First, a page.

This piece will be appearing as a newspaper op/ed in mid-April, 2021.
One might say that I was fated to see “Creativity” as something of great value.
Consider: When my brother and I were deciding what to put on our mother’s gravestone, what we came up with – and felt hit the nail on the head – was “Devoted to Family and Creative Expression.”
So, clearly, she valued creativity—as she showed in the poems and plays she wrote, the paintings she painted, and the bedtime stories she made up on the spot when putting my brother and me to bed.
Add to that the fact that our mother was a great teacher. (As I’ve often been told at reunions by my high school classmates who had her for World Literature.)
So, being around her much of the time for the first 17 years of my life, I got taught in a variety of ways that creativity made life more fun, more fulfilling.
Creativity can be defined as coming up with something that’s new and of value.
“Of value” can mean the value of Truth, or of Beauty, or of Usefulness. Creativity’s value can be manifested in works of art, in new insights, in problem-solving in any endeavor, or in the spontaneous play of human interactions.
But the “newness” in itself points to an important value in creativity.
To see how that is, think of “the creative” as the opposite of “the habitual”—seeing and doing in the well-worn way.
There’s no denying that “the habitual” is also of great value. Even necessary. If it weren’t for habits, we wouldn’t be able to tie our shoes mindlessly in the morning, or drive a car while conversing. A habit is a trail well-worn as we traverse our life. The motto of the habitual is “It worked before so let’s keep doing it.” And by “worked,” habit means that it led to a satisfactory outcome.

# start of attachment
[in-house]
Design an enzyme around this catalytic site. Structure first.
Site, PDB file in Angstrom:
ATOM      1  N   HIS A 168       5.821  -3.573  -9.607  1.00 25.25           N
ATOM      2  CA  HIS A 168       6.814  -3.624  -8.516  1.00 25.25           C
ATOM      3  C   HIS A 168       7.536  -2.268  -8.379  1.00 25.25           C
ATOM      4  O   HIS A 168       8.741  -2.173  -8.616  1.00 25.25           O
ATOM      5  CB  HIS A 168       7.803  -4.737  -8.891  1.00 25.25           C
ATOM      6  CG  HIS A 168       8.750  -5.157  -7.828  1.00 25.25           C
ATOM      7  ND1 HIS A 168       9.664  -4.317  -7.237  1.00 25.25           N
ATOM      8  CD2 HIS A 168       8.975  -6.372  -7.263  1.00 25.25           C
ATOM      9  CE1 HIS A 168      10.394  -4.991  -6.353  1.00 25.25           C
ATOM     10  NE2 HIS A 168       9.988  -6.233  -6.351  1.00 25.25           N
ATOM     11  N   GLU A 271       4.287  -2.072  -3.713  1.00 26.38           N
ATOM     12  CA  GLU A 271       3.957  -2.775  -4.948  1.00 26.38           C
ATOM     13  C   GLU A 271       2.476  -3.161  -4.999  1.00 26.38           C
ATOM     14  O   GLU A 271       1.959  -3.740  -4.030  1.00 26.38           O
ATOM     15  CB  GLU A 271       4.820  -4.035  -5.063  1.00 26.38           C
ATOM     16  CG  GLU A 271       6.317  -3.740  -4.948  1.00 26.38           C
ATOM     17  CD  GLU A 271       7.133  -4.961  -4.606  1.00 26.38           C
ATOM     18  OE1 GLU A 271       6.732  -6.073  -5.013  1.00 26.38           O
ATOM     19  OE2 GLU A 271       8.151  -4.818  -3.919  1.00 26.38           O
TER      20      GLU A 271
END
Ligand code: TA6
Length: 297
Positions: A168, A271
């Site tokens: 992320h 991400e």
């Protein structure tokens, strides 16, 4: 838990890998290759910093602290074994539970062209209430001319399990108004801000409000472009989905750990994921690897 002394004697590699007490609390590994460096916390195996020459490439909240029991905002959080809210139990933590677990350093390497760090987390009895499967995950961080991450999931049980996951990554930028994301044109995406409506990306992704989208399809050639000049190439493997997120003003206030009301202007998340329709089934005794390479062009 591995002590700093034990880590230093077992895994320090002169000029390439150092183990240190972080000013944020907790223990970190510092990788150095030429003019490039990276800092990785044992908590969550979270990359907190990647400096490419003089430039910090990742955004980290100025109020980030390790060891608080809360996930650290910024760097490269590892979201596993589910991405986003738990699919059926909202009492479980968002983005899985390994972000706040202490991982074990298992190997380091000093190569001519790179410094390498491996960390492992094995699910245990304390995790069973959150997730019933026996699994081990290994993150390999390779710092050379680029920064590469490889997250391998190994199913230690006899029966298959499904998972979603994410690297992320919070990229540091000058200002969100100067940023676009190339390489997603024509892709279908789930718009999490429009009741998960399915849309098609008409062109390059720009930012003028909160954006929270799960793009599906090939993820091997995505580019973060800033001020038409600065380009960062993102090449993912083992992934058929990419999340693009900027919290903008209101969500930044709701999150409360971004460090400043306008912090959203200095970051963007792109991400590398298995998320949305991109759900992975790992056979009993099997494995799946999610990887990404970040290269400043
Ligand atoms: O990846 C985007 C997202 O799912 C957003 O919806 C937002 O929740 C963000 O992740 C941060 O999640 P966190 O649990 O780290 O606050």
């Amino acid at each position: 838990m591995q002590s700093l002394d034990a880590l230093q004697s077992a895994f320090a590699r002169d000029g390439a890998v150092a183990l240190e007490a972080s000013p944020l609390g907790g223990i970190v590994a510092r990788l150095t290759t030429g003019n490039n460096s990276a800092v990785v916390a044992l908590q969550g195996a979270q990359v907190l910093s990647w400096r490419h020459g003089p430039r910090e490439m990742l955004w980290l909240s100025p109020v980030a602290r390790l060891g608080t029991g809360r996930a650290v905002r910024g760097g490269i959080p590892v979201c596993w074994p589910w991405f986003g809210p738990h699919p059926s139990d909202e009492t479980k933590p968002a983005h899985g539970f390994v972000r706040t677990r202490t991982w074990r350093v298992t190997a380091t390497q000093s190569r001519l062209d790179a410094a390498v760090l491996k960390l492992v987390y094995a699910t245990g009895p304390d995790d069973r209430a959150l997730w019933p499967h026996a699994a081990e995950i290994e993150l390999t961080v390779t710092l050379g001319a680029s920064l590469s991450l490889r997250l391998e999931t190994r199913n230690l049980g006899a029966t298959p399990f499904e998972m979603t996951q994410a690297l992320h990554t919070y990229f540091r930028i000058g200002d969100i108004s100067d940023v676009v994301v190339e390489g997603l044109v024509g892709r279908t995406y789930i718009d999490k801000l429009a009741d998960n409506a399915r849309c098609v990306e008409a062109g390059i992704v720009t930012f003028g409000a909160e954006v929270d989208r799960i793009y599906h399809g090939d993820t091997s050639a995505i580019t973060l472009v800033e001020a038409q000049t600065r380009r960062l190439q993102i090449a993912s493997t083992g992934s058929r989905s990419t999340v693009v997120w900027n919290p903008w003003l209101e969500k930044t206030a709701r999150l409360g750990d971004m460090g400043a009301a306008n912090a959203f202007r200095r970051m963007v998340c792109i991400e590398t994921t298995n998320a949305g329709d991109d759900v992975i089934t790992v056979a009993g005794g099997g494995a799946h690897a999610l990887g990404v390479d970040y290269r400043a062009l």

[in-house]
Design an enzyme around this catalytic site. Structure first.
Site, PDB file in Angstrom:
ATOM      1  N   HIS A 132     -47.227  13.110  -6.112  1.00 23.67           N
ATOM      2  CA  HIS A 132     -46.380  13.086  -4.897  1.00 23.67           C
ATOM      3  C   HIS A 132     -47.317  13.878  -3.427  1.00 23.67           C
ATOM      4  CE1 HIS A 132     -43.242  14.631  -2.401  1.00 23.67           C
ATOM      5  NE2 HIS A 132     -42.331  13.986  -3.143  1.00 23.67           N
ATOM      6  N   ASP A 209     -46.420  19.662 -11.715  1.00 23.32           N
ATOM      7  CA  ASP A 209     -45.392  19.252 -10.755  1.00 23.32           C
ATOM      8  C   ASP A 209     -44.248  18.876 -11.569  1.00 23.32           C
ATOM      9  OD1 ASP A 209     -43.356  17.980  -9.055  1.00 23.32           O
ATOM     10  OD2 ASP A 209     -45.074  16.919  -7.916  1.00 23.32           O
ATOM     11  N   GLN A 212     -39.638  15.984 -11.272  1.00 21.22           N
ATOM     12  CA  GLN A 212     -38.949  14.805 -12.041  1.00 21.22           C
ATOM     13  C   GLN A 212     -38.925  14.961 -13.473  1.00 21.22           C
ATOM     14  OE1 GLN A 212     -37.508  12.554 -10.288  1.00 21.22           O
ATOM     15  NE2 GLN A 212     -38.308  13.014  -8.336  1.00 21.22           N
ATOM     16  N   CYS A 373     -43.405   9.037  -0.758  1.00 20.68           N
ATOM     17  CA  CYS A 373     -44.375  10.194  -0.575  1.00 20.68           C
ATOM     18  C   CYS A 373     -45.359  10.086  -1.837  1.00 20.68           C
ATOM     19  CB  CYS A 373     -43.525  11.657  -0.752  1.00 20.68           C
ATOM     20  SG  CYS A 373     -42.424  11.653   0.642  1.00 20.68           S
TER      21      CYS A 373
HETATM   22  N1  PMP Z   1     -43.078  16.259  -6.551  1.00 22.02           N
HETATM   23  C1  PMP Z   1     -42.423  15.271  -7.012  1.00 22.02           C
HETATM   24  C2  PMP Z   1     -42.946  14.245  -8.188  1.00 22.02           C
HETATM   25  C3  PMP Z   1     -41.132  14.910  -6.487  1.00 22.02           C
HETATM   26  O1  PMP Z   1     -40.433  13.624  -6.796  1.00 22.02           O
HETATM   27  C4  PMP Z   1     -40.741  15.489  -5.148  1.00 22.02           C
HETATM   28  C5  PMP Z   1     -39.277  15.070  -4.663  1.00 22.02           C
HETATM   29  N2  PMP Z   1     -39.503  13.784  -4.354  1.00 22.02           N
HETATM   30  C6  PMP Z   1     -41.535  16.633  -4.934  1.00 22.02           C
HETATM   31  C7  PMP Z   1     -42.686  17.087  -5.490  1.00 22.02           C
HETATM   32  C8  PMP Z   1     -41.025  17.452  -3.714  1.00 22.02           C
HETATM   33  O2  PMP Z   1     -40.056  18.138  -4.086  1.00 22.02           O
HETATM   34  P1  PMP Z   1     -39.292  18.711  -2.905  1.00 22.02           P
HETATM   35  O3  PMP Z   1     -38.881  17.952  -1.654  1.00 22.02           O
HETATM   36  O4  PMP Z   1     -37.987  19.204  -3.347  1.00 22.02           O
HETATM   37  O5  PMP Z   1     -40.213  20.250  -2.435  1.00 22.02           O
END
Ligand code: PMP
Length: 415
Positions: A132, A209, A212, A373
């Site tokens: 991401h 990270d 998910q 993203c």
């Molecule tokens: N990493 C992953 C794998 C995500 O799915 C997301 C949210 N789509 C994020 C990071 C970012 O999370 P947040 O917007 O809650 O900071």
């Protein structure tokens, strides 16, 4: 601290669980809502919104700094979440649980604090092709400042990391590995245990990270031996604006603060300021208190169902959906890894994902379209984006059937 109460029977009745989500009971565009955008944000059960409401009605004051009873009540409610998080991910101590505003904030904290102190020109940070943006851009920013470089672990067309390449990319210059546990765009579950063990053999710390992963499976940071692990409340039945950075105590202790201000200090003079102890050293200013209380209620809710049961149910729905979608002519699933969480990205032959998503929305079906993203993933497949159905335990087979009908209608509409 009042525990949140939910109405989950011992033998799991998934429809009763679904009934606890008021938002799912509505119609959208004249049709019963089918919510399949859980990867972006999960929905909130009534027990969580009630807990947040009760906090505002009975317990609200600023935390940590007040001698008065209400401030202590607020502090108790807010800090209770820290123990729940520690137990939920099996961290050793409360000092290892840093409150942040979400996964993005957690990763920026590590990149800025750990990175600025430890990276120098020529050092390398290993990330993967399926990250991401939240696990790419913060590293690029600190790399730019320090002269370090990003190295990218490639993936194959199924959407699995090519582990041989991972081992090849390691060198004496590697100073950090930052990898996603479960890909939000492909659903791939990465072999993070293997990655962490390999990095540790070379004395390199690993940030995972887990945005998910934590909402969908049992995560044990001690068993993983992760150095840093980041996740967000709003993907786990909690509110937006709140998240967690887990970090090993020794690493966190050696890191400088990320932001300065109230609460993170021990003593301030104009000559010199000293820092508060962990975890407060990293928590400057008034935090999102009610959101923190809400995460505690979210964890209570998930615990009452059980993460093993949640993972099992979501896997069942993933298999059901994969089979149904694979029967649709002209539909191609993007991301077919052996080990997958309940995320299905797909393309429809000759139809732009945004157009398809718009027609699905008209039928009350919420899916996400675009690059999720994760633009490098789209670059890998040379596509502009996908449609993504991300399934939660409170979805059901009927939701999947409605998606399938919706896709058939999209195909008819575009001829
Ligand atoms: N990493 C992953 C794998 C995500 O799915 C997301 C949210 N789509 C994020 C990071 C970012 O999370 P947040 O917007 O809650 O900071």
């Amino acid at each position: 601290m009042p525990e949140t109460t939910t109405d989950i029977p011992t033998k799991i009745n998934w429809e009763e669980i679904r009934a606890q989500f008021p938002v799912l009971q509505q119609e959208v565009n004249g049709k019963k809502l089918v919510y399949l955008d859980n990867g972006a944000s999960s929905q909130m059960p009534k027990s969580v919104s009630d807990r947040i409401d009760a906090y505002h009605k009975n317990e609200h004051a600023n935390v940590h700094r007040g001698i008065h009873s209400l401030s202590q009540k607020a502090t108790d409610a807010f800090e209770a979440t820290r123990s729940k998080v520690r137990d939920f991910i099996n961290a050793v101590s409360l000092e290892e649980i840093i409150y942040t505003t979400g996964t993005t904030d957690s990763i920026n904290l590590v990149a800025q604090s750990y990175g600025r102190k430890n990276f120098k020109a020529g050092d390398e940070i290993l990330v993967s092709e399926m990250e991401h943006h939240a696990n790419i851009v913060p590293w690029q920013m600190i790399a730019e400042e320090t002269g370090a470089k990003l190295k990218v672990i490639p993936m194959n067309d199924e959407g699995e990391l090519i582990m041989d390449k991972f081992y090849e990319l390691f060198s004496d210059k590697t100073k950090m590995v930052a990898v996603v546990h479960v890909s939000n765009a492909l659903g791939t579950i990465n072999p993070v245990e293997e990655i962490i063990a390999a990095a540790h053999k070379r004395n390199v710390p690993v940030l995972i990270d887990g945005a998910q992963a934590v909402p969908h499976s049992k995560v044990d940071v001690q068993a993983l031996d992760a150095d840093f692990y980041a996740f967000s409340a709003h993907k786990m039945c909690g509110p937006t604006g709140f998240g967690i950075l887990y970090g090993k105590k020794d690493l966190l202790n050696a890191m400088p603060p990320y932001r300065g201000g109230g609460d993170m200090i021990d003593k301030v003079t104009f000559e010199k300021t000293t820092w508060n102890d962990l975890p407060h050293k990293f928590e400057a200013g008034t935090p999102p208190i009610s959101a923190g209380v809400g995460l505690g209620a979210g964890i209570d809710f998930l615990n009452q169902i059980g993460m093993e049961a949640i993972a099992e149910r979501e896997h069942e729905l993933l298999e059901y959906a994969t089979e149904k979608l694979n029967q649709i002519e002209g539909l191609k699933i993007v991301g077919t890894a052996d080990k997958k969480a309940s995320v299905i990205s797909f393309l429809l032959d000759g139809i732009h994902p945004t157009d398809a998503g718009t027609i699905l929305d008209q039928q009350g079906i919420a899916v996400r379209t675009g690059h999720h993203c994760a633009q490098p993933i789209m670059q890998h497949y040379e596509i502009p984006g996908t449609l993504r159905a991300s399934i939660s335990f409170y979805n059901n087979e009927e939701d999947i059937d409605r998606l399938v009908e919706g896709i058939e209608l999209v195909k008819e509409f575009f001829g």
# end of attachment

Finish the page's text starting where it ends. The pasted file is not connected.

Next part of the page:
That makes the habitual – i.e. doing what’s worked – a fine strategy for winning the game of dead vs. alive. Survival – avoiding defeat — is the goal in that game.
(Given that for billions of years, natural selection has been mostly about “selecting out” through death, a “satisfactory outcome” is plenty good.)
But the habitual has a cost.
Experiencing things – seeing, feeling, thinking, acting – in habitual ways may work, but repetition over time tends to drain things of their meaningfulness.
(The face of one’s wife is just there, and it isn’t filled with a beauty that one experiences through one’s love. The mountain across the way is just there, rather than being the dramatic expression of the earth that also bore us, and a marvel for that. The proverb becomes shopworn, and no longer packs the punch it did when some creative person first came up with it.)
So while the habitual helps keep us alive, it also has a “deadening” effect.
It turns out that “dead” has two meanings, and that the game of dead vs. alive is really two games. The second game is about deadened vs. feeling alive.
(The spiritual task in life is not just to keep drawing breath, but also to go deeper into experiencing the value of being alive.)
So while the habitual is a fine strategy for staying alive, the creative is one of the good strategies for feeling alive. While the habitual plays to avoid defeat, creativity is a way of playing to win.
Creativity breaks out of the habitual into new ways of seeing, new ways of understanding, new ways of putting things together, new ways of interacting with the world. Getting around the shopworn and stale to encounter the world freshly, the creative mode enlivens through its newness.
As creativity enlivens the experience of the creative person, so also does it give experiential benefit to the wider world.
When the rest of us take in the fruits of others’ creativity – in a movie, or poem, or some illuminating breakthrough theory, or an improvised joke – we, too, experience some kindred breakthrough into what is new and alive.
(The impressionist painters saw the world in a new way, and were valued by those they taught to see in that new way, too.)
Almost everything of value that makes up our civilization started out as an act of creativity. (Indeed, were it not for human creativity, our kind would not have its unique place in the world as the only one, among all earth’s creatures, to invent its own way of life.)
Such benefits are why we honor the Mozarts and Shakespeares and Michelangelos of the world, as well as the Edisons and Einsteins.
In view of all these benefits – to the person who lives in the creative mode, and to the world at large – should we not be concerned about what’s widely said about our schools: i.e. that they tend more to stifle rather than nurture the creativity of our children?